Recently, I made some popcorn while we were watching a kids’ movie we had rented. At first, Lauren became very upset. She took her popcorn to the dining room, sat down, and whined and cried over the insubordination in the living room. I decided to try something. Our small kitchen table was in the living room at the time, as the base for a four-foot Christmas tree during the holidays. I carefully took the tree and skirt off the table and set them in the corner of the room. Then I pulled a kitchen-table chair up to the table and went to get Lauren’s popcorn and drink. “Look, Lauren,” I said as I brought her popcorn bowl to the living room table and set it down. “Eat your popcorn at this table.” Lauren slipped into the chair and began eating her popcorn once again, keeping her eyes on the movie all the while. The table and chair were behind the upholstered furniture in the room, so one of us would look back at her from time to time and ask, “Hey, how are you doing in the balcony, Sweetie?”
It was a memorable moment for us all, sharing popcorn in front of a movie, as well as Lauren’s company. I thought about the slow but steady transition process that had finally brought us to this day. Within about five years, Lauren went from not tolerating utensils or dishes of any kind to eating out of bowls and off plates with a spoon or fork. She went from spending meal times screaming in her bedroom (because she had hit us and pushed us out of our chairs at the table) to being interactive at meals and enjoying them thoroughly. She also went from hiding out when people visited to sitting at the table with company for the sole purpose of being together. I think I’m glad I didn’t just say “Too bad for you, Lauren” all those years ago instead of denying my guests popcorn in the comfortable chairs. I’ll bet they’ve had plenty of opportunities to eat popcorn in front of their TV over the years. And this past month, our whole family did, too.
Helping a person to predict and plan is one way to create order out of potential chaos. Providing boundaries is another way. A story I told previously about Lauren circling our backyard (then coming out of her shell to include us in her circle) is one example of a predictable boundary providing an atmosphere for success. Another example is an event I’ll always vividly remember in which another naturally-occurring boundary provided an atmosphere of success.
One June day, we were still housing three of six rescued kittens in a large cage in our carport. These kittens had no mama with them when Craig and three-and-a-half year old Lauren found them in a dirty and dilapidated box in the park at the end of our street. (To make a long story short, Craig came home to tell me about them, I sent him back with food and water, and they followed him back down the street, trotting six in a row behind him like he was mama. Three were pretty quickly adopted, so we were down to three this particular afternoon.)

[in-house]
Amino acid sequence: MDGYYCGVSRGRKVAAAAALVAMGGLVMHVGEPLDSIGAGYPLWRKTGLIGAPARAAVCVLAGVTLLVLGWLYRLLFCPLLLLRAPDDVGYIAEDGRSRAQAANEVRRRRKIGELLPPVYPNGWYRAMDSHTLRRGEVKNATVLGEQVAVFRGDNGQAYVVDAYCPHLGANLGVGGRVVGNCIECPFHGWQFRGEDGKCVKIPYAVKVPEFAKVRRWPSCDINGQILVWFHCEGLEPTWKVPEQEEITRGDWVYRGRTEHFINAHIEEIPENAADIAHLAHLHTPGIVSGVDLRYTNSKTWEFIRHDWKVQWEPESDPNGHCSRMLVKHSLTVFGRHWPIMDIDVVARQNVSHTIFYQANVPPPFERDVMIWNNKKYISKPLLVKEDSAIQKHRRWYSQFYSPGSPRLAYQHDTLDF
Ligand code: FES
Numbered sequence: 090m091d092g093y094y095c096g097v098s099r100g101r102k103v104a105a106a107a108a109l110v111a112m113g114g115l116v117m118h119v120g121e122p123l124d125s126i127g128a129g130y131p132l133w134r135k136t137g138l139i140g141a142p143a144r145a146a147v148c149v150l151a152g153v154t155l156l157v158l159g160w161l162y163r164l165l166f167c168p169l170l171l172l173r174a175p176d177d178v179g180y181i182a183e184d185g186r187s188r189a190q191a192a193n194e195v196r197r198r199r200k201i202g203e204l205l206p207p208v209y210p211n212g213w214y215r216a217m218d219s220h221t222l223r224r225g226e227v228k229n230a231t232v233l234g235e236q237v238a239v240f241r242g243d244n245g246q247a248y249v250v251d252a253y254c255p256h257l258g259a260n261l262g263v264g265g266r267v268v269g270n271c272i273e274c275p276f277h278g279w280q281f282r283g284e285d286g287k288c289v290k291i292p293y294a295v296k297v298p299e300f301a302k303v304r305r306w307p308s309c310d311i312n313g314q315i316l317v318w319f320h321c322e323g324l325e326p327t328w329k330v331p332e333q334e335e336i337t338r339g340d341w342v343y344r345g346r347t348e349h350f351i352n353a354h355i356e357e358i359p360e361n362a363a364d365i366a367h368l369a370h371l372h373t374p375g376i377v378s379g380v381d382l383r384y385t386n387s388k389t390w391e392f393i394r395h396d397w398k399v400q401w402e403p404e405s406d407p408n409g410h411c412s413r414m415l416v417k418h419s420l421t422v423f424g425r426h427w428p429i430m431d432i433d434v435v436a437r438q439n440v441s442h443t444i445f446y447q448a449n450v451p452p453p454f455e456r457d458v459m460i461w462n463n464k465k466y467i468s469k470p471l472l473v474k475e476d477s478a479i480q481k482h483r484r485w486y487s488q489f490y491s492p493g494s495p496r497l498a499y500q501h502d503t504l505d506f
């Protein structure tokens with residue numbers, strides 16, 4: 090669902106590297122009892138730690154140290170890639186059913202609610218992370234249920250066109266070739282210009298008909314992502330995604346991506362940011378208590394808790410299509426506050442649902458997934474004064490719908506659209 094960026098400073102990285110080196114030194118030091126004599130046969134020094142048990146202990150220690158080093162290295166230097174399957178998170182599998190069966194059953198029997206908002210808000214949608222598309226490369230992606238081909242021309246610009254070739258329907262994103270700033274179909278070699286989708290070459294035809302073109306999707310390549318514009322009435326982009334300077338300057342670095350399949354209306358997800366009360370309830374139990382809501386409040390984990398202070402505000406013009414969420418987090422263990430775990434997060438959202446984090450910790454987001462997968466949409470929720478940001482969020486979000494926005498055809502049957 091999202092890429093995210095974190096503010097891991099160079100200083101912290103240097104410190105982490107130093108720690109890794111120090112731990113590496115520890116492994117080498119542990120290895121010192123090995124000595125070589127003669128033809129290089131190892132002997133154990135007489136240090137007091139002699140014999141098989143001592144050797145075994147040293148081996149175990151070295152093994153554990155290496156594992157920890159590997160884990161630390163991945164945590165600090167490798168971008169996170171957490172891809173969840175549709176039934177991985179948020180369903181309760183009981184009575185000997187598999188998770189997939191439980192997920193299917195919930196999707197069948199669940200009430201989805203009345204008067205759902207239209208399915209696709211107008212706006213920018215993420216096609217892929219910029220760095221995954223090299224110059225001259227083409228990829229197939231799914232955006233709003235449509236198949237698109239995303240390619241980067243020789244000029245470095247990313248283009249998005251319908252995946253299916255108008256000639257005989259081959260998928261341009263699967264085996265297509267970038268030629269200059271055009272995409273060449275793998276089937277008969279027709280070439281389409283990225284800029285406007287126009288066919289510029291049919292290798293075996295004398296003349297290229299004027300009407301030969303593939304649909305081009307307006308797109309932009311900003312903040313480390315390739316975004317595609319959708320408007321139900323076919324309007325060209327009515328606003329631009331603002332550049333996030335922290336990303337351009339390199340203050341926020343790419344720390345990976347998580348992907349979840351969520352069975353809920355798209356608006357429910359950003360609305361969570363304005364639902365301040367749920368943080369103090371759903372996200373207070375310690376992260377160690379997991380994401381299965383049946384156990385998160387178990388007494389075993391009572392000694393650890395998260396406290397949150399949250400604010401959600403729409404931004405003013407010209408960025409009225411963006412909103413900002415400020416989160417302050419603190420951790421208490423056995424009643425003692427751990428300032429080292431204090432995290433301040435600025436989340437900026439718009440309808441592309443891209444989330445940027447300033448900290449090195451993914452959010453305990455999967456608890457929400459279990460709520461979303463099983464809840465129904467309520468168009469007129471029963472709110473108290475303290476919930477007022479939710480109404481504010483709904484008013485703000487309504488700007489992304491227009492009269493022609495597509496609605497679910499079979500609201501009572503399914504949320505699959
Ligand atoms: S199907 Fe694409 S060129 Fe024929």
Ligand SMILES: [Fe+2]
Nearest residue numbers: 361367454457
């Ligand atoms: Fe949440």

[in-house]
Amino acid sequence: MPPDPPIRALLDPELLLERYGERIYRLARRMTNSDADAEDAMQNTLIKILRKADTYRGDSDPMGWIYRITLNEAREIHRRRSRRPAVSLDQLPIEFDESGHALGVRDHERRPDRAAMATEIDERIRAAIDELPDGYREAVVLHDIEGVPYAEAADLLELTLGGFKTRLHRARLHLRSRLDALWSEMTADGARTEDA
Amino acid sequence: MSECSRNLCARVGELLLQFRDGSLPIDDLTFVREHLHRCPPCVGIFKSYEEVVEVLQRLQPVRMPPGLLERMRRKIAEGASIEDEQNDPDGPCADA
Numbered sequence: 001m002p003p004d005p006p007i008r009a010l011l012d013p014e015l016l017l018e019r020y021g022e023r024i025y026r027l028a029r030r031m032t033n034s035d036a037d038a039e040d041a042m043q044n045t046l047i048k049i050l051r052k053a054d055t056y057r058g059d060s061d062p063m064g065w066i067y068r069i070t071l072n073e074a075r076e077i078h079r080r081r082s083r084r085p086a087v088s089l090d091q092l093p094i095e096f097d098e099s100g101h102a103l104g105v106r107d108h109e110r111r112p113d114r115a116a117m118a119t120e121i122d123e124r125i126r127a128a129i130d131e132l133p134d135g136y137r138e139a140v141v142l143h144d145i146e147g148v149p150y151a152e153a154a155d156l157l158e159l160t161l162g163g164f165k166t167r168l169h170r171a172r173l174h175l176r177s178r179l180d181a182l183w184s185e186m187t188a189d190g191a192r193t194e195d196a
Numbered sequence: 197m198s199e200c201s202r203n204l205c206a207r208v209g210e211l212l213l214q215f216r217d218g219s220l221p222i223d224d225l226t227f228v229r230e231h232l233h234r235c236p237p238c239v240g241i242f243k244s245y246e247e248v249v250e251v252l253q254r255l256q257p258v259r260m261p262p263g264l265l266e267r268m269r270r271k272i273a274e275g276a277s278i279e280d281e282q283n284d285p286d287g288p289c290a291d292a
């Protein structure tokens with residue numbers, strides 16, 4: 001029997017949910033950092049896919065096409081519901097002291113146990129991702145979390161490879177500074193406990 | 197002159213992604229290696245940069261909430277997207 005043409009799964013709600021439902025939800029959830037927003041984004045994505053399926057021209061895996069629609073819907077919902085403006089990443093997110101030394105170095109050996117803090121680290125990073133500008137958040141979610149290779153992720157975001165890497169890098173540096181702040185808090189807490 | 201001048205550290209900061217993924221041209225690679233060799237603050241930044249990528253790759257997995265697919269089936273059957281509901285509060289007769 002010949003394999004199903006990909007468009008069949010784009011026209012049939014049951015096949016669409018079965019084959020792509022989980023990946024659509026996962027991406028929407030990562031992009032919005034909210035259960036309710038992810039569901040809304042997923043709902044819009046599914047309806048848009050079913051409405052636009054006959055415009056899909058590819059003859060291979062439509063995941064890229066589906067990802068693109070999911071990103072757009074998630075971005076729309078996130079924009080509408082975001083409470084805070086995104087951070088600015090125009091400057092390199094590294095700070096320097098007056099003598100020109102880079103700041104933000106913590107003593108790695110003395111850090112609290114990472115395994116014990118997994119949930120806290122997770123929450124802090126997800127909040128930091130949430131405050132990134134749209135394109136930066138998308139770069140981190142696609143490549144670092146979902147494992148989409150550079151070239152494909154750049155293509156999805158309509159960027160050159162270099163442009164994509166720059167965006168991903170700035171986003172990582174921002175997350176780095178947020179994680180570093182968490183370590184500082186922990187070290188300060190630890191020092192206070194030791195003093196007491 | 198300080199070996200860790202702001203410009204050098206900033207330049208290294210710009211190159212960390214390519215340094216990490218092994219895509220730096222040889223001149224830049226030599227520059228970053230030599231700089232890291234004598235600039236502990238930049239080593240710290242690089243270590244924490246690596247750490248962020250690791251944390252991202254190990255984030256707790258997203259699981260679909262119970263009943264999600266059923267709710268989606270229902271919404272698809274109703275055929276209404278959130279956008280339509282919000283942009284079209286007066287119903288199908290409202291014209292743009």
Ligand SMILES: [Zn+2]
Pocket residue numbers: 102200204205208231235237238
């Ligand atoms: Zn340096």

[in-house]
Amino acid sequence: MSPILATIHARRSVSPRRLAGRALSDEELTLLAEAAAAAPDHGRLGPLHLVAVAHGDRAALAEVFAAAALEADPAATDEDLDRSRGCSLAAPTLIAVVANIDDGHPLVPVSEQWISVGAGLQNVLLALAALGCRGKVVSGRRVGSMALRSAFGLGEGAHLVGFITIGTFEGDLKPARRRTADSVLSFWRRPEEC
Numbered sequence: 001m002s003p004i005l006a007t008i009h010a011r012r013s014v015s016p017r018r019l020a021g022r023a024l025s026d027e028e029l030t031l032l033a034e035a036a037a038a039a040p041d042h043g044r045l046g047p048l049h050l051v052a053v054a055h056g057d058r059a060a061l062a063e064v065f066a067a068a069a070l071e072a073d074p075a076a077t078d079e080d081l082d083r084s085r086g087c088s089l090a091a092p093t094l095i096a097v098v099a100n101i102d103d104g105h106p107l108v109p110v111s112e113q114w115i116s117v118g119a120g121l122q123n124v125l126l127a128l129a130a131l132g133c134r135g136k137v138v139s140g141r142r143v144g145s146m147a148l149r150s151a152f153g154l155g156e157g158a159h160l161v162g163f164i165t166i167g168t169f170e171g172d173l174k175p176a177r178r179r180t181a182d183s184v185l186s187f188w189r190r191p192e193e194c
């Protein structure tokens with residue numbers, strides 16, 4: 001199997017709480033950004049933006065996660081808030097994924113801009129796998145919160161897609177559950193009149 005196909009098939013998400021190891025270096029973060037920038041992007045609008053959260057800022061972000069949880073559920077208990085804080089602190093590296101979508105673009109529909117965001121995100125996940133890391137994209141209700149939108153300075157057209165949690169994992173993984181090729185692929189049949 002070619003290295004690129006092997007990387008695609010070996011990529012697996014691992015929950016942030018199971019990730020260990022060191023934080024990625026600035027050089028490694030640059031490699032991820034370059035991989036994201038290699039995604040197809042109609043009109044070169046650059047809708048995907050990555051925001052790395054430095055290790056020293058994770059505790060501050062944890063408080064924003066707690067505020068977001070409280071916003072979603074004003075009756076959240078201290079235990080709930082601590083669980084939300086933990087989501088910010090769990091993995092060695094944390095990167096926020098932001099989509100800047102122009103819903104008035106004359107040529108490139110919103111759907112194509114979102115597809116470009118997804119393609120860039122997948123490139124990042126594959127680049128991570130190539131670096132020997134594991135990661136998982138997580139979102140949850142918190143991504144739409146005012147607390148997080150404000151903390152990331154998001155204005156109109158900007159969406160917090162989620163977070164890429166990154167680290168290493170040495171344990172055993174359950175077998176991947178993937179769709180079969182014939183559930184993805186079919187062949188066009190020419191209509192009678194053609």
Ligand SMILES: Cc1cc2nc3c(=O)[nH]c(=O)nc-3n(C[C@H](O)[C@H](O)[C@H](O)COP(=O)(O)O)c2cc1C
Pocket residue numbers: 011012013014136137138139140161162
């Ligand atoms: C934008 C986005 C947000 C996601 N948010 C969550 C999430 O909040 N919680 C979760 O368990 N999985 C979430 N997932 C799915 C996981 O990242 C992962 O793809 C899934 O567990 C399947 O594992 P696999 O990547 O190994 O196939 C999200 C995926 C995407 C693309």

Where we live, tornadoes are the climatic calamity of choice, so every resident is well aware of where they will run to when the tornado siren sounds. Because we have no basement, we were still experimenting with potential tornado hideouts this particular day. Craig was looking out the window and following radio reports of sightings while I readied our bedroom closet as shelter. I removed all the shoes and clothes from lower racks, while the girls played with flashlights on my bed. When a huge wind picked up and I realized the rain was blowing horizontally at the windows, I checked on the kittens in the carport and they were drenched! I brought them inside, just as Craig suddenly announced, “OK, it’s time to get in there!”
I took Lauren by the hand to join an excited Bryn. I worried the confinement might frighten Lauren, who at the time was often in her own little world, except for the occasional tantrum when the unexpected occurred. (At this time, she found looking at people’s faces very difficult and never gave hugs, only accepting them on occasion. Her words were few and far between.) We closed the door and lit our flashlights. In fact, Lauren was more pleased with this situation than we had ever seen her. I recounted this event in her journal, in which I addressed Lauren directly:
During the tornado that brought the three kittens inside, you discovered that your family was really cool. When Mommy and Daddy gathered Bryn, you and the kittens and brought them into our dinky bedroom closet, we thought you would completely freak out. But you loved it! I had a flashlight and you sat on my lap facing me and checking out my face. You had a big smile on your face and seemed to be checking to see if I was smiling (i.e. playing a big, funny joke!) Lauren, Mommy hugged you and you hugged me, over and over again, simply seeming so pleased that your family had given in to the ways of the closet people—those who saw value in reducing external stimuli and shutting “the world out.” You seemed pleased as punch that we’d finally entered your realm—we’d seen the light while sitting in the dark! When I said, “I love you” to you, you repeated it to me so meaningfully, “I love you.”